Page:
As we enter the next phase of IoT evolution, businesses are now able to utilise the entire spectrum to improve the efficiency of their data processing and reduce the need for high-power resources. The emergence of fog computing is enabling companies to extend cloud computing to the edge of a network, to store data without relying on cloud-based centres and facilitate communication outside of the internet’s infrastructure. By sitting closely to the edge, which today in many cases would be a physical object such as a sensor, owners are able to gather more selective yet valuable data nearer to its source, reducing the data capacity needed for information to travel before it is processed. This improved decision-making can now be widely leveraged to ensure the most relevant intelligence is communicated to data centres, resulting in less unnecessary, energy-consuming data and more available resources for big data IoT.
With $4 billion in capital raised in ICOs, and very little utility value to show for it, it's tempting to call token offerings a bubble. However, the more likely truth is that the same forces that gave rise to today's paradigm-shifting technologies (see: Carlota Perez's definitive book) are at play in the world of crypto. And that while we may be entering bubble territory, the key difference between tulips and crypto is how speculative capital was deployed – the former into manufacturing an asset and the latter into technology development. Still, money is no guarantee of success, which is why I've been spending a lot of time thinking about capital deployment into crypto, a topic deserving of more attention because it will be a major proof point for the ecosystem's long-term trajectory. It is also an area of competitive advantage for crypto projects in the next five years.
Most current facial recognition options are incapable of determining if the subject of the verification is actually there in person, leaving them susceptible to spoofing by a photo, video, mask or an inanimate representation like a 3D fake head. Why? They lack the ability to detect a critical aspect of true authentication during login: liveness, or the detection of unique human traits that can include movements, skin texture and eye reflections. For context, Apple’s Face ID matches images and can determine three-dimensionality (depth analysis), but it lacks robust liveness detection that can determine whether or not the correct user is actually present in the flesh at the time of login. The multitude of spoof videos already on YouTube clearly show its current limits. Apple’s proprietary technology will undoubtedly improve over time. However, the speed at which it develops will be impeded by their decision to use a specialised – and costly – hardware-based approach.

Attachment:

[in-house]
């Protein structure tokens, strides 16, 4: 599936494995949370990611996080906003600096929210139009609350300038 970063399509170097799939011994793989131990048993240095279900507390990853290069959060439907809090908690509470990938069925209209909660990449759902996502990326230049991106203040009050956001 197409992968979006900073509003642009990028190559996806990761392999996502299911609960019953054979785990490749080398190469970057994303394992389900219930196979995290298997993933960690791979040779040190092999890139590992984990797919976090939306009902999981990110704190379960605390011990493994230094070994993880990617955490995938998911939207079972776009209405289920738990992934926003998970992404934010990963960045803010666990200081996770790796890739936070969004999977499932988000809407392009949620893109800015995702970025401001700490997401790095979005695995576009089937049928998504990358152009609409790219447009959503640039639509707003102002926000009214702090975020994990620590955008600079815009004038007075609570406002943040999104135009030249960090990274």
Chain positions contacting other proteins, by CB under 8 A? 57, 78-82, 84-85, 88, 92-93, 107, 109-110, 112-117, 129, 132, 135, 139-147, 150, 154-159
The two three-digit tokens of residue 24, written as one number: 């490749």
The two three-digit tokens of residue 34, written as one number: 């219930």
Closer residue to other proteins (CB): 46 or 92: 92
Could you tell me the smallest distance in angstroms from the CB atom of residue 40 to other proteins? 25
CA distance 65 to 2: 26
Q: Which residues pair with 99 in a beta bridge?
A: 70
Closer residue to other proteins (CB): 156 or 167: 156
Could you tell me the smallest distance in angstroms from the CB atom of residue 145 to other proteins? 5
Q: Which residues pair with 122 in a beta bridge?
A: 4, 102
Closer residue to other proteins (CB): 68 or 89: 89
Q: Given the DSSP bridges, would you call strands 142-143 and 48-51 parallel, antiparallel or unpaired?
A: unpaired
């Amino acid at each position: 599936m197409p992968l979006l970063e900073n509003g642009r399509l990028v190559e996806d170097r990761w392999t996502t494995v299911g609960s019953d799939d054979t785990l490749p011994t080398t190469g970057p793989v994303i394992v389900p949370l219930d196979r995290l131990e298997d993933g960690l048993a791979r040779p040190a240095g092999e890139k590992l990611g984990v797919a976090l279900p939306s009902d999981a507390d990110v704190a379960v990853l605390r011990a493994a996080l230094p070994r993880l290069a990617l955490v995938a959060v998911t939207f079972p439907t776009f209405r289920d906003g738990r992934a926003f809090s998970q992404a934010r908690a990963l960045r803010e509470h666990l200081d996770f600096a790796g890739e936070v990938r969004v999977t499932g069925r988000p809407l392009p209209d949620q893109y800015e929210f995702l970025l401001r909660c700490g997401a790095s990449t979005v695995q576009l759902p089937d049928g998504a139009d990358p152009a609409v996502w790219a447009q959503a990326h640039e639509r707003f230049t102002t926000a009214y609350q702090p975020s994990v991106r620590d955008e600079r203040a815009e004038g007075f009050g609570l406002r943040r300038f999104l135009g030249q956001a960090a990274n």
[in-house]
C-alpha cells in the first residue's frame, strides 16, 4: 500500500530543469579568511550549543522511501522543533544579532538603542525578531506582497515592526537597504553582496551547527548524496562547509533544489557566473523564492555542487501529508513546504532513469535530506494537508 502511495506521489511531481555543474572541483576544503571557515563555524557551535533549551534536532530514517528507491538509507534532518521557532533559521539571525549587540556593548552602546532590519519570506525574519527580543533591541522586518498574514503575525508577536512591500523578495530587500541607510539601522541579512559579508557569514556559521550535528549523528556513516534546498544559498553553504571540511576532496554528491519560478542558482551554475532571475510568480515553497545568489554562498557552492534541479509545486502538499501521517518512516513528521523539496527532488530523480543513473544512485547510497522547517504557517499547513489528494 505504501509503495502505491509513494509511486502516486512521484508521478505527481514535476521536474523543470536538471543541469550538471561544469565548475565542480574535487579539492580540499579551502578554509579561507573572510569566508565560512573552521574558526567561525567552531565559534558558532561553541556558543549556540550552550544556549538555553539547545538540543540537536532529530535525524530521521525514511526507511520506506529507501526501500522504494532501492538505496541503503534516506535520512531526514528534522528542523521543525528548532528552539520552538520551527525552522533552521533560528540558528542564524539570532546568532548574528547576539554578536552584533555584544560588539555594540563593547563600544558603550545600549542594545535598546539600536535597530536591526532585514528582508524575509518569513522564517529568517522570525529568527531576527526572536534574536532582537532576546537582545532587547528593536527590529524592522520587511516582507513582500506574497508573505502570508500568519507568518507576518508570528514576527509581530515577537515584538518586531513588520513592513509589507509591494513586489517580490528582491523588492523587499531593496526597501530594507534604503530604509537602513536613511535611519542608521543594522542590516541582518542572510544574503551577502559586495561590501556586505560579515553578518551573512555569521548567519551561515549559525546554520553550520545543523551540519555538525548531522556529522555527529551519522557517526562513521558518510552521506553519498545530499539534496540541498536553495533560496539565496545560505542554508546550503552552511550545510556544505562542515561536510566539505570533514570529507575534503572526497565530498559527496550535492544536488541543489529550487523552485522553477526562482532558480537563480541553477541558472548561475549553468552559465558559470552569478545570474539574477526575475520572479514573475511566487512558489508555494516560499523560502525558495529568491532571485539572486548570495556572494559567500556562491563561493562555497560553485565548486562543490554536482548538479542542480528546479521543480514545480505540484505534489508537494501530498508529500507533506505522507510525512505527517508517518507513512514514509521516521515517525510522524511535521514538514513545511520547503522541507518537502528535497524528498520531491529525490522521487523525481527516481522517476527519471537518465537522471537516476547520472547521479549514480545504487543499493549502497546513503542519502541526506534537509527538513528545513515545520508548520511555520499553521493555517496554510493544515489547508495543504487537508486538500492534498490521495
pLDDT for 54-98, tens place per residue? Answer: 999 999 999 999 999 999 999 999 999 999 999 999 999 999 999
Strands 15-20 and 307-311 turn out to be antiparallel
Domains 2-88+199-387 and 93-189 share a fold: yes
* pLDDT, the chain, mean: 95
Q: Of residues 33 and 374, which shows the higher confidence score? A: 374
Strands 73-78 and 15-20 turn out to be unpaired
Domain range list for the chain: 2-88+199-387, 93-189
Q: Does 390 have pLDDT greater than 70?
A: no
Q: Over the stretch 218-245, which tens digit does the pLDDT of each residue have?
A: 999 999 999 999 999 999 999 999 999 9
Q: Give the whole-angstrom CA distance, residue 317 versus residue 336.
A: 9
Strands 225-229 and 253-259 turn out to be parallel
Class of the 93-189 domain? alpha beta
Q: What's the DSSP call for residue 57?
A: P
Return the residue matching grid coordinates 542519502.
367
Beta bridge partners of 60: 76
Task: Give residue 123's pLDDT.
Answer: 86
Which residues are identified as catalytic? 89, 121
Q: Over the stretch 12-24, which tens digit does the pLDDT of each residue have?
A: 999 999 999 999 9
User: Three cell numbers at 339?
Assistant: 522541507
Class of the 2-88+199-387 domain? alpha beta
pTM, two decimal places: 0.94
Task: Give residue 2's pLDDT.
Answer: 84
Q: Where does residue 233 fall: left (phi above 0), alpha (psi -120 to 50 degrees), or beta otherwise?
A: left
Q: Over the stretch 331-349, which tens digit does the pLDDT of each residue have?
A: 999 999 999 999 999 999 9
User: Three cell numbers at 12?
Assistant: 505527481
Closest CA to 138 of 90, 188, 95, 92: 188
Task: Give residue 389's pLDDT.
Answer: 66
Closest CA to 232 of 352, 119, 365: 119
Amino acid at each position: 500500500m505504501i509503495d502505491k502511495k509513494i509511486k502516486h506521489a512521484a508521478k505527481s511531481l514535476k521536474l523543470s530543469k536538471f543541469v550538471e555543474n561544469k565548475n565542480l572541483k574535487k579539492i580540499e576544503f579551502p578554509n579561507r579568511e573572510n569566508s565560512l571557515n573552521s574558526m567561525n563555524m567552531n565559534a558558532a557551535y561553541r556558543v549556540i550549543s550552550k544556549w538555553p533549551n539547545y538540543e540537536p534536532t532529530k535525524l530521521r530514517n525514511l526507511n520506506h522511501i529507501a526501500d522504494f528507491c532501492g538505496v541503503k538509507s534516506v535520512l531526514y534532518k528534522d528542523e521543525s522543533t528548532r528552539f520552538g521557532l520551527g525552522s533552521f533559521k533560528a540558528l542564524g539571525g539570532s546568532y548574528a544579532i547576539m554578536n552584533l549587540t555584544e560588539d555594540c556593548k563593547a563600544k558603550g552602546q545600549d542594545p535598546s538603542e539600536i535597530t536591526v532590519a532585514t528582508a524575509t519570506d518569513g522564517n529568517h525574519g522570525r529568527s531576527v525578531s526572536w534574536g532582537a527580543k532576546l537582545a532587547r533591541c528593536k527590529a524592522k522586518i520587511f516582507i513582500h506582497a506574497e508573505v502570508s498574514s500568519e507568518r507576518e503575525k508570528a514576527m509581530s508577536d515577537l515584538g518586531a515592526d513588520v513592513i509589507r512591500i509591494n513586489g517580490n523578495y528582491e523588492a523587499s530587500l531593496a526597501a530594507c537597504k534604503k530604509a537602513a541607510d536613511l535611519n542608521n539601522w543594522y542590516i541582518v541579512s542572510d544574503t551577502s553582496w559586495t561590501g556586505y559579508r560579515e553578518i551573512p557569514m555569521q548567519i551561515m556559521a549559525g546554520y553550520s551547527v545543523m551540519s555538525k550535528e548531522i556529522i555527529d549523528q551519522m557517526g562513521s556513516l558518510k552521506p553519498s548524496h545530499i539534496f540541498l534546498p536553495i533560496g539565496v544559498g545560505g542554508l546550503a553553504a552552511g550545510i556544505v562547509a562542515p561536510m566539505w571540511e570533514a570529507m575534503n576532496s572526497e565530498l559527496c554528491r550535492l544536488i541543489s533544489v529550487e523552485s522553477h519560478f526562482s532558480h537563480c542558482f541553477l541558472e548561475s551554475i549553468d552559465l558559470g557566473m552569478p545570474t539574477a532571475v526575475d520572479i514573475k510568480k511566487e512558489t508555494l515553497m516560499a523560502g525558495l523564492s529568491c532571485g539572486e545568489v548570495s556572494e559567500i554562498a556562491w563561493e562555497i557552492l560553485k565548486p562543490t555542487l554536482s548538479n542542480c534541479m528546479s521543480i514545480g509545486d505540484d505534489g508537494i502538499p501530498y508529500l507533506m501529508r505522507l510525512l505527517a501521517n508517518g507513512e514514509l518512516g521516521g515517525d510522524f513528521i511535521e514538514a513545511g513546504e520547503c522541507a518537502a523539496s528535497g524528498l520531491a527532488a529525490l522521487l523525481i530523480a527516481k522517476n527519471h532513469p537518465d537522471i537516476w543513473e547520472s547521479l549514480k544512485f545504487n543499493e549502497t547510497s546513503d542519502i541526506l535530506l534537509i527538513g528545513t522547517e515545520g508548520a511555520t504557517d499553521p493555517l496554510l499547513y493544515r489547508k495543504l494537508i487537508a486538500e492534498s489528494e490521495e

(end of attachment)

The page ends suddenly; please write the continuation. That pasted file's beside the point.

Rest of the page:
The reasons behind the need for next-generation networks are manifold. Businesses are looking to cut their IT spend and improve operating costs while delivering services more quickly and maintaining superior-quality services. In an attempt to do that, enterprises are looking for systems that are agile and easy to deploy. Cloud-based applications and infrastructure platforms are the right match to meet high-level business objectives. Enterprises are adopting software-as-a-service (SaaS) such as Microsoft Office 365 and Salesforce and that has made the internet an essential component of the enterprise backbone. Archana Kesavan, senior product marketing manager at ThousandEyes, says that when the internet becomes the backbone of enterprise communication, organisations need to think proactively about their next-generation WAN having network monitoring tightly integrated within it.
Here’s how EIoT works: By adding sensors and connectivity to refrigeration units, automobiles, or assembly lines, vendors create “digital twins” — virtual representations of a physical object complete with key attributes and metrics. MicroStrategy applies this concept to people, creating a “digital badge” called Usher to enable the digital “twinning” of employees, partners and customers. “The device projects the badge holder’s identity to the system,” Lang says, and “can stream data about the person’s context and actions in real time” to power security and other analyses. Lang says MicroStrategy already uses Usher internally, and it is testing it with customers around the world. The concept makes sense, but I have to admit I find it a little bit creepy. Even in a workplace environment, I’m not sure I like the idea of a digital mini-me being tracked by my employer.
Quote for the day:
"Being challenged in life is inevitable, being defeated is optional." -- Roger Crawford